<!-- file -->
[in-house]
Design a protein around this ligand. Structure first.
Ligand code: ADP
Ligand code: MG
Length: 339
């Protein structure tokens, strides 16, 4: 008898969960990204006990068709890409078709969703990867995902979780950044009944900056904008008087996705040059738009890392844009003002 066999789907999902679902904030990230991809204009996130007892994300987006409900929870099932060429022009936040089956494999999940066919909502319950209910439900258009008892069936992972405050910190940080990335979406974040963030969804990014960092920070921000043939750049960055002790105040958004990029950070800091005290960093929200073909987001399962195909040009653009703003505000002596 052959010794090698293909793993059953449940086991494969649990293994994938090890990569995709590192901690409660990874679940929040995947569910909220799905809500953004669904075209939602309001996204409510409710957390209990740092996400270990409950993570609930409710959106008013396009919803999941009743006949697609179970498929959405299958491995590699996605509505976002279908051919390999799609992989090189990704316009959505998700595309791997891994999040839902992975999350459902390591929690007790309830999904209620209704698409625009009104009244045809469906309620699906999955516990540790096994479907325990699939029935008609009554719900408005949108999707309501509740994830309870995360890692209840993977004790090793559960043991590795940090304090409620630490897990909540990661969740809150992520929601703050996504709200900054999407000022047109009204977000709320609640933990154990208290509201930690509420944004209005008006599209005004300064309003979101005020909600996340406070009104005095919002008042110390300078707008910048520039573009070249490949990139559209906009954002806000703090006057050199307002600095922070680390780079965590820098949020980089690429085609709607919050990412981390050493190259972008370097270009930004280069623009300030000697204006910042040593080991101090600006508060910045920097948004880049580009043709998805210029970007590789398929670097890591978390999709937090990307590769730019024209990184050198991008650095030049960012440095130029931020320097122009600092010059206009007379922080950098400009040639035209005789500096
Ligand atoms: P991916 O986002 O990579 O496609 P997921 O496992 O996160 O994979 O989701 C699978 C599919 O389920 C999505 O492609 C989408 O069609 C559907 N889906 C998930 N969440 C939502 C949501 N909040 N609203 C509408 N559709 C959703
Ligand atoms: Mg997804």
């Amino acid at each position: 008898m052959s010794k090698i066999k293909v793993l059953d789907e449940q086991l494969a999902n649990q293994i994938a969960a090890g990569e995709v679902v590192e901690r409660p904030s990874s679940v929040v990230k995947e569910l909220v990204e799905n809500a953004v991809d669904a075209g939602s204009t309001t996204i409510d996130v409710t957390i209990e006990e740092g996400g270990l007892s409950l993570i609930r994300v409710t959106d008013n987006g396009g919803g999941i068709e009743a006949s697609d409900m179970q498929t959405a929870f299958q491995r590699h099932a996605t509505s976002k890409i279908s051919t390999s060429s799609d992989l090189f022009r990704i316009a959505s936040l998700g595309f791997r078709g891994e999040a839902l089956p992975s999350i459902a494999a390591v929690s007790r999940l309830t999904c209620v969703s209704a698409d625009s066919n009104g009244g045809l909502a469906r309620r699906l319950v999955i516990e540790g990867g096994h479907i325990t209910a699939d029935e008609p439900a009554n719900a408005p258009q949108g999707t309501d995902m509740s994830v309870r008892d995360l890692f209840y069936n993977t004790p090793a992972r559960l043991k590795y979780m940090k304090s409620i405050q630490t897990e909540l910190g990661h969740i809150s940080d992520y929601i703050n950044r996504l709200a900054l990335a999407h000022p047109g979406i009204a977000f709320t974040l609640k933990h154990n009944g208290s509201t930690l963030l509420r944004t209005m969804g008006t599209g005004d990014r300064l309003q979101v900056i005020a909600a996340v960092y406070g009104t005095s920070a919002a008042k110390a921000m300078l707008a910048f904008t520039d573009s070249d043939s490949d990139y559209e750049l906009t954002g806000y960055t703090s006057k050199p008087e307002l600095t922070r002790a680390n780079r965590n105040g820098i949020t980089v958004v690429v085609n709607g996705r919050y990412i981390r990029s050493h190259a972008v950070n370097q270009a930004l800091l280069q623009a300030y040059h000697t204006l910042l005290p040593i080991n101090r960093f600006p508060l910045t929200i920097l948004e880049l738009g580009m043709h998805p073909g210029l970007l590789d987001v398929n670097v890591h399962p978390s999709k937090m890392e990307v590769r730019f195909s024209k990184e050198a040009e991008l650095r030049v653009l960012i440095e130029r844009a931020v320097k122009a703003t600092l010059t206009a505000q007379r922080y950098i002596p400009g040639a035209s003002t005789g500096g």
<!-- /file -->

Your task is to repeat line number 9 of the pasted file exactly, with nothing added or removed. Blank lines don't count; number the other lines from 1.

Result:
């Amino acid at each position: 008898m052959s010794k090698i066999k293909v793993l059953d789907e449940q086991l494969a999902n649990q293994i994938a969960a090890g990569e995709v679902v590192e901690r409660p904030s990874s679940v929040v990230k995947e569910l909220v990204e799905n809500a953004v991809d669904a075209g939602s204009t309001t996204i409510d996130v409710t957390i209990e006990e740092g996400g270990l007892s409950l993570i609930r994300v409710t959106d008013n987006g396009g919803g999941i068709e009743a006949s697609d409900m179970q498929t959405a929870f299958q491995r590699h099932a996605t509505s976002k890409i279908s051919t390999s060429s799609d992989l090189f022009r990704i316009a959505s936040l998700g595309f791997r078709g891994e999040a839902l089956p992975s999350i459902a494999a390591v929690s007790r999940l309830t999904c209620v969703s209704a698409d625009s066919n009104g009244g045809l909502a469906r309620r699906l319950v999955i516990e540790g990867g096994h479907i325990t209910a699939d029935e008609p439900a009554n719900a408005p258009q949108g999707t309501d995902m509740s994830v309870r008892d995360l890692f209840y069936n993977t004790p090793a992972r559960l043991k590795y979780m940090k304090s409620i405050q630490t897990e909540l910190g990661h969740i809150s940080d992520y929601i703050n950044r996504l709200a900054l990335a999407h000022p047109g979406i009204a977000f709320t974040l609640k933990h154990n009944g208290s509201t930690l963030l509420r944004t209005m969804g008006t599209g005004d990014r300064l309003q979101v900056i005020a909600a996340v960092y406070g009104t005095s920070a919002a008042k110390a921000m300078l707008a910048f904008t520039d573009s070249d043939s490949d990139y559209e750049l906009t954002g806000y960055t703090s006057k050199p008087e307002l600095t922070r002790a680390n780079r965590n105040g820098i949020t980089v958004v690429v085609n709607g996705r919050y990412i981390r990029s050493h190259a972008v950070n370097q270009a930004l800091l280069q623009a300030y040059h000697t204006l910042l005290p040593i080991n101090r960093f600006p508060l910045t929200i920097l948004e880049l738009g580009m043709h998805p073909g210029l970007l590789d987001v398929n670097v890591h399962p978390s999709k937090m890392e990307v590769r730019f195909s024209k990184e050198a040009e991008l650095r030049v653009l960012i440095e130029r844009a931020v320097k122009a703003t600092l010059t206009a505000q007379r922080y950098i002596p400009g040639a035209s003002t005789g500096g």